Sure, when new, the Dodge Intrepid was a perfect choice, as the car delivered impressive interior space, solid handling and control, and a stylish body. However, since any used model has presumably surpassed its tenth birthday, we’d say you’re better off just avoiding this car altogether.

We’d Recommend You Avoid the: PT Cruiser

This popular Chrysler model was seemingly everywhere several years ago. Consumers were apparently enticed by the vehicle’s bold and unique construction, and owners were also fond of the various amenities included throughout the interior. However, as time went on, these individuals found that these were really the lone positive attributes of this nameplate.

The PT Cruiser already didn’t provide drivers with ideal performance specs, and these numbers predictably declined after the vehicle was on the road for several years. Furthermore, fuel efficiency was reduced after a few years, meaning buyers won’t even have the opportunity to save money at the gas pump. Ultimately, many used buyers tend to replace the engine, and this doesn’t even lead to many improvements. If you’re looking to save yourself some money, then a used PT Cruiser isn’t the way to go.

We’d Recommend You Avoid the: Land Rover

Ah, the infamous Land Rover. There was a time where this particular vehicle was considered to be the crown jewel of the industry, and seemingly every consumer wanted to get their hands on the nameplate. Nowadays, this sentiment has surely gone away. The hulking SUV already isn’t known for its fuel efficiency, and the ludicrous prices for new models means you won’t see a bunch of savings on the used market.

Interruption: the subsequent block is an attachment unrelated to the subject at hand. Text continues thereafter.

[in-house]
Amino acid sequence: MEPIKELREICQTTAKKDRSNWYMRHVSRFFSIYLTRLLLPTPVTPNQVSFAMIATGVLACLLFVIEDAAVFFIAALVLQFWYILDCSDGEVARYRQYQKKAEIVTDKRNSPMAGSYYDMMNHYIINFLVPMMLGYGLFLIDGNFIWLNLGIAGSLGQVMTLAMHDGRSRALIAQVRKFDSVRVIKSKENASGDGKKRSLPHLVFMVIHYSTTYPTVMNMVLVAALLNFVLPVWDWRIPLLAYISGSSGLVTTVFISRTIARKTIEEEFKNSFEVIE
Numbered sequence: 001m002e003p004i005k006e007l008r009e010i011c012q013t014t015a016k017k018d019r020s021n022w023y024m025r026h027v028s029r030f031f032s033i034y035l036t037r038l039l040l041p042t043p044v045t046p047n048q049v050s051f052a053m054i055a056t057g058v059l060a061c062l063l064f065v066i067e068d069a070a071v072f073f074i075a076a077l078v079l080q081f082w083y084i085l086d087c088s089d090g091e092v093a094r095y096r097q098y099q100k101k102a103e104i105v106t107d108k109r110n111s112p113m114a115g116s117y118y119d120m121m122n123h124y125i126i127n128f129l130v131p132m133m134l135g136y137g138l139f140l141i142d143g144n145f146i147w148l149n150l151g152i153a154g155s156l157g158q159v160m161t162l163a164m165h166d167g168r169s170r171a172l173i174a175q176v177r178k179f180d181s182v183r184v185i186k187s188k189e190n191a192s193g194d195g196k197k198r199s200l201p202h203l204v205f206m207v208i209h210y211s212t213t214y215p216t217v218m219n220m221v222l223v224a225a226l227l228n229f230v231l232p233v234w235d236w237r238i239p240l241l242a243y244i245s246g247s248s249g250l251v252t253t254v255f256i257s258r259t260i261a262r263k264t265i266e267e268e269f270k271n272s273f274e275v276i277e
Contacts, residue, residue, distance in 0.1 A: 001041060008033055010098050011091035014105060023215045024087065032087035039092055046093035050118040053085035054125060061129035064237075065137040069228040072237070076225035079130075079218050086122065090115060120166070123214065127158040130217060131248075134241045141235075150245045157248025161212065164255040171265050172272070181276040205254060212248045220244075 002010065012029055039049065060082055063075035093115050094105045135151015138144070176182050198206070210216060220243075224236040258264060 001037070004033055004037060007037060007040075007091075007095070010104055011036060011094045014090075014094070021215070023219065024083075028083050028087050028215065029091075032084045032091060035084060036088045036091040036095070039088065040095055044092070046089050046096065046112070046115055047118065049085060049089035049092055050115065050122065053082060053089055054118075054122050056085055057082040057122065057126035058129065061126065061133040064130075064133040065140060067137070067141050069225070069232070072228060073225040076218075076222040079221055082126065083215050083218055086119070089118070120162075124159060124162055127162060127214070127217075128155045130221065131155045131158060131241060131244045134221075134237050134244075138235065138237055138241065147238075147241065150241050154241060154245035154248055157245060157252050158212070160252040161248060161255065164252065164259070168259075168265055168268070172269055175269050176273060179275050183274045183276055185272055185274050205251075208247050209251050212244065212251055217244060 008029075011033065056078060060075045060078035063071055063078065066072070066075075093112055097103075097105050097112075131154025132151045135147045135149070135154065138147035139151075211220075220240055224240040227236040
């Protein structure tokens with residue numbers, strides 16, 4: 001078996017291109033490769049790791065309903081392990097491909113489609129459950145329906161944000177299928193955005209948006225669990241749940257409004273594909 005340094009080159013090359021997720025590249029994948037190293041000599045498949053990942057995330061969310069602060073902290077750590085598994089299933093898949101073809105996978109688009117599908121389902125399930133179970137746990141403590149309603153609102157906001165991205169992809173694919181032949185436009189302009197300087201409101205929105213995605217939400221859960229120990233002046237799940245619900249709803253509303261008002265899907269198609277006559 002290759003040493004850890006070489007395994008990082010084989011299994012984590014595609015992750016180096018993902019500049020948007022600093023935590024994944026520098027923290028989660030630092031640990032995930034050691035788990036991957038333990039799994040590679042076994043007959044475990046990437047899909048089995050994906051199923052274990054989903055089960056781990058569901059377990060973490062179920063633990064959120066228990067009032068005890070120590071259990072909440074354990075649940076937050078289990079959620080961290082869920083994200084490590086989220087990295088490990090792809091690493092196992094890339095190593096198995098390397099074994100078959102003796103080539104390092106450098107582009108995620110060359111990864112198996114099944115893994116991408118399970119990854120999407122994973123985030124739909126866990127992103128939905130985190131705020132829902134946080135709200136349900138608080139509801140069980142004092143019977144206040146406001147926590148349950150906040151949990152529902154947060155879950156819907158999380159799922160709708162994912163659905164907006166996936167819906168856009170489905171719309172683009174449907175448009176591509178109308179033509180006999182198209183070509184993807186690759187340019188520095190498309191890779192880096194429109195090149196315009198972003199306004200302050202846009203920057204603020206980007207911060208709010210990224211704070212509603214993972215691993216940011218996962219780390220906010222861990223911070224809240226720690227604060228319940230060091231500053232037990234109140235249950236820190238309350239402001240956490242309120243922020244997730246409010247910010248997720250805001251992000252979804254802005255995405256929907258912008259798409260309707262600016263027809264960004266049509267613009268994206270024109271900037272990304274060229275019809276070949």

Furthermore, the vehicle’s reliability has been called into question, as the model runs into a number of mechanical issues after several years on the road. The brakes and electric inclusions have specifically seen problems, as have other components of the vehicle’s mechanics (including the suspension). Unless you’re a professional mechanic, the abundance of impending repairs means you should probably avoid this ride.

We’d Recommend You Avoid the: Chevy Colorado

Nowadays, consumers are in love with the Chevy Silverado, meaning the Colorado tends to get put on the back burner. While this is mostly due to the Silverado’s popularity and versatile lineup, it should also have to do with the Colorado’s accompanying issues. These various problems are only highlighted when you pursue a used version of the pickup.

Owners have criticized the vehicle’s surprising lack of power, an attribute that usually isn’t criticized when it comes to this segment. Furthermore, the safety amenities have proven to be underwhelming, and we’d assume that no driver wants to travel around in a vehicle that won’t protect them during a collision. Predictably, the vehicle has seen plenty of additional problems, including issues with the transmission and suspension. If you opt for a used model, there’s a good chance that the truck is already partly compromised, explaining why you should just avoid the nameplate altogether.